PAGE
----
Ammann then paused, thought and waxed on. His reflective words were a stark contrast to his memorable childlike screams following his first gold medal 12 years ago.

“Really, I come here for ski jumping,” Ammann said. “I see it more clearly. In the long-term view in the approach, you see the gold medal. When the first picture comes out, you look at it and think, oh, it’s a nice one. But the closer I get, the more it’s really about the sport because this is what I judge myself at the end.”

Summer McIntosh breaks 400m individual medley world record, extends historic week

Summer McIntosh

Canadian swimmer Summer McIntosh broke her second world record this week, lowering the 400m individual medley mark on Saturday.

McIntosh, a 16-year-old who trains in Sarasota, Florida, clocked 4 minutes, 25.87 seconds at the Canadian Championships in Toronto.

She took down Hungarian Katinka Hosszu‘s world record of 4:26.36 from the 2016 Rio Olympics. Before Saturday, McIntosh had the fourth-fastest time in history of 4:28.61.

“It’s always nice to set world records,” McIntosh said.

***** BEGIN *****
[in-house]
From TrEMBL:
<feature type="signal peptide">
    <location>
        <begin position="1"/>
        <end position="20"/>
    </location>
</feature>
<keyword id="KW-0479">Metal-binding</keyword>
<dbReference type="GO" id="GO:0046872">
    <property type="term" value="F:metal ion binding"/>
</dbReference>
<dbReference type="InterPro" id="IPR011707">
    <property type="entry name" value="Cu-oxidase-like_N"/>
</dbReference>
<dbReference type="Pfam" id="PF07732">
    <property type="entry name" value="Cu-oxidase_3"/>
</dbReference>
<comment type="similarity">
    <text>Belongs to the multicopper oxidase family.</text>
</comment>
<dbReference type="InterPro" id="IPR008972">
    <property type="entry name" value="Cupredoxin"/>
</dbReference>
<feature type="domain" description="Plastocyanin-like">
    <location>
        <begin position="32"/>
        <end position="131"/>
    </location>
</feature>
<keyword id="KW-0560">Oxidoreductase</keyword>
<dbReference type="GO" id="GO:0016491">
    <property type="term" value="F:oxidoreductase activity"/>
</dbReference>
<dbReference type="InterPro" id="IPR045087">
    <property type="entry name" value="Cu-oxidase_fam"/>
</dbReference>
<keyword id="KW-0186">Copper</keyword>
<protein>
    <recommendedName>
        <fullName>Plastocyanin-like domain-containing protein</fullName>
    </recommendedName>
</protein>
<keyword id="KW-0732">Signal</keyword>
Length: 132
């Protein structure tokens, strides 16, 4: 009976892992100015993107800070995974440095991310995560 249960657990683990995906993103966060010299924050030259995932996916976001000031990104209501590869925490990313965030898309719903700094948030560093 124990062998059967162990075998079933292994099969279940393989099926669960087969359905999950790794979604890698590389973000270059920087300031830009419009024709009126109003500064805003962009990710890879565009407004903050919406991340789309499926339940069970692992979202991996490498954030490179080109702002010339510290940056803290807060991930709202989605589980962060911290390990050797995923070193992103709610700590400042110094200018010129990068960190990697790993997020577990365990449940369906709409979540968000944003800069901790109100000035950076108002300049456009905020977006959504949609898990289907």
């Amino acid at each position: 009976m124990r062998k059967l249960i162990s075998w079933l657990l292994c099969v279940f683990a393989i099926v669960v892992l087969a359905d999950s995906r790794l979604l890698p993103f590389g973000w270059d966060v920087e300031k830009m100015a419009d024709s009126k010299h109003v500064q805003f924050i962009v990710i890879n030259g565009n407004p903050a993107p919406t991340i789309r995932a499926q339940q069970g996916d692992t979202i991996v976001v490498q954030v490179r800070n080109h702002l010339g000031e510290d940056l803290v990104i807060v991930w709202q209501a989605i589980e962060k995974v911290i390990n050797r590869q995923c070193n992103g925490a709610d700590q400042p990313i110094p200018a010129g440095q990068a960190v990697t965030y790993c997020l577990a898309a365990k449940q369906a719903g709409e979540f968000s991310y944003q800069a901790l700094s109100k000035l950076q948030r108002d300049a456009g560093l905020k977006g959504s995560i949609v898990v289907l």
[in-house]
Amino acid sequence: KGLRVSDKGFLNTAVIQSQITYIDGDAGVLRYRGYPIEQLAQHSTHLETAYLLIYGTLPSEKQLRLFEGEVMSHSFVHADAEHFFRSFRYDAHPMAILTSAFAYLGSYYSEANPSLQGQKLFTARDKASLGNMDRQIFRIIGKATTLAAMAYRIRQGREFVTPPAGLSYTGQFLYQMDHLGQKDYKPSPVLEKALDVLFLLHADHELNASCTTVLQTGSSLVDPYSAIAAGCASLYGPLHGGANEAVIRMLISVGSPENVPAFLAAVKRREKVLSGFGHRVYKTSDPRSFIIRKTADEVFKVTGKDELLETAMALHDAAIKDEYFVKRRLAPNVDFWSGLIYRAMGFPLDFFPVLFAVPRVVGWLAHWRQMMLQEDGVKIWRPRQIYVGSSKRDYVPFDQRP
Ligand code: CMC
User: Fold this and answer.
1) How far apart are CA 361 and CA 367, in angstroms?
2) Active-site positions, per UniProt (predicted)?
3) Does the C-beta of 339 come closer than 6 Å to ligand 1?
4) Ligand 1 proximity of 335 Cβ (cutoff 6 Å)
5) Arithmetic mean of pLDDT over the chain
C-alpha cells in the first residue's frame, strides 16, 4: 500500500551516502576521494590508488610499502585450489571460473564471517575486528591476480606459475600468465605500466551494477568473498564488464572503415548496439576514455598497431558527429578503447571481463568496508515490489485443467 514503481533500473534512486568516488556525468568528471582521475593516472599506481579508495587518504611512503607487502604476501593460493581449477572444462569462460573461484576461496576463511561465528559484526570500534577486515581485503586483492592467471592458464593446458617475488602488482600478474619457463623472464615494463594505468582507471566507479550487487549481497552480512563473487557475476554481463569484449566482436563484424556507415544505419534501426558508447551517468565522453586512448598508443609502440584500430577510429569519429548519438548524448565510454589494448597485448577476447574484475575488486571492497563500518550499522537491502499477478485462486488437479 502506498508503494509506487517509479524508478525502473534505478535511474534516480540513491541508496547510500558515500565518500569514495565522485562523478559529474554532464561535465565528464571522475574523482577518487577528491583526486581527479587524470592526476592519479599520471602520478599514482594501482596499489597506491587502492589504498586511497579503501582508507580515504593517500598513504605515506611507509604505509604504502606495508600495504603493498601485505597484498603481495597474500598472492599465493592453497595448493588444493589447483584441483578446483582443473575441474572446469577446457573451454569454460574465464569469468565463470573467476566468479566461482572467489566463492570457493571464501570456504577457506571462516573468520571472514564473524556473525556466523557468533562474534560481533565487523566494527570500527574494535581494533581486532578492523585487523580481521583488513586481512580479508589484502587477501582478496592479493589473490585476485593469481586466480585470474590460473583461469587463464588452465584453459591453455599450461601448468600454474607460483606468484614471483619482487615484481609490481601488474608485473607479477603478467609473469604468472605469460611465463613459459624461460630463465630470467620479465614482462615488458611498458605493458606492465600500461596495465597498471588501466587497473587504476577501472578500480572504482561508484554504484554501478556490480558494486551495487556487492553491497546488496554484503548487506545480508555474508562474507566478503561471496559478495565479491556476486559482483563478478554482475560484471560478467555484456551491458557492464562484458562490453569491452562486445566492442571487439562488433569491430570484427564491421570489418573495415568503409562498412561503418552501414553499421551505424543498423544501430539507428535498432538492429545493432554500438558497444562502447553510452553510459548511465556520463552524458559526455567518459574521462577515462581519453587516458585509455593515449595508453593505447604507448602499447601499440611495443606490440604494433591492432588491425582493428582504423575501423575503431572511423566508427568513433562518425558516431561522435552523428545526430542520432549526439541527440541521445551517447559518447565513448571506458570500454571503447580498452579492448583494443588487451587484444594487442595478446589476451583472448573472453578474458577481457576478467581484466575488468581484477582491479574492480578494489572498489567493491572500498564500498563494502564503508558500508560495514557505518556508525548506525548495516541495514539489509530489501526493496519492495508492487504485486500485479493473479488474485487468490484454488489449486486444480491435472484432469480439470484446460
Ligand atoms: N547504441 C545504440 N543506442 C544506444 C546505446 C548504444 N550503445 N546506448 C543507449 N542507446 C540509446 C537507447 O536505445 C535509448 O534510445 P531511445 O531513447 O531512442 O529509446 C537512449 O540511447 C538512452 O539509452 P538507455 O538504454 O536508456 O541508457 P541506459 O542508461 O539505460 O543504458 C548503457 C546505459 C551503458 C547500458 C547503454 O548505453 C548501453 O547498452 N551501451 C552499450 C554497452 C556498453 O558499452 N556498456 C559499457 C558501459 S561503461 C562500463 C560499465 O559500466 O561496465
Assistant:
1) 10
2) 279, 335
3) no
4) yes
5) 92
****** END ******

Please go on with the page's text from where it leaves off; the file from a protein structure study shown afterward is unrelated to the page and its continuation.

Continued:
On Tuesday, McIntosh broke the 400m freestyle world record, becoming the youngest swimmer to break a world record in an individual Olympic event since Katie Ledecky in 2013.

McIntosh also this week became the fourth-fastest woman in history in the 200m individual medley and the eighth-fastest woman in history in the 200m butterfly.

In each of her four races this week, she also broke the world junior record as the fastest woman in history under the age of 19.

She is entered to swim the 200m free on the meet’s final day on Sunday. She is already the eighth-fastest woman in history in that event.

McIntosh, whose mom swam the 1984 Olympic 200m fly and whose sister competed at last week’s world figure skating championships, placed fourth in the Tokyo Olympic 400m free at age 14.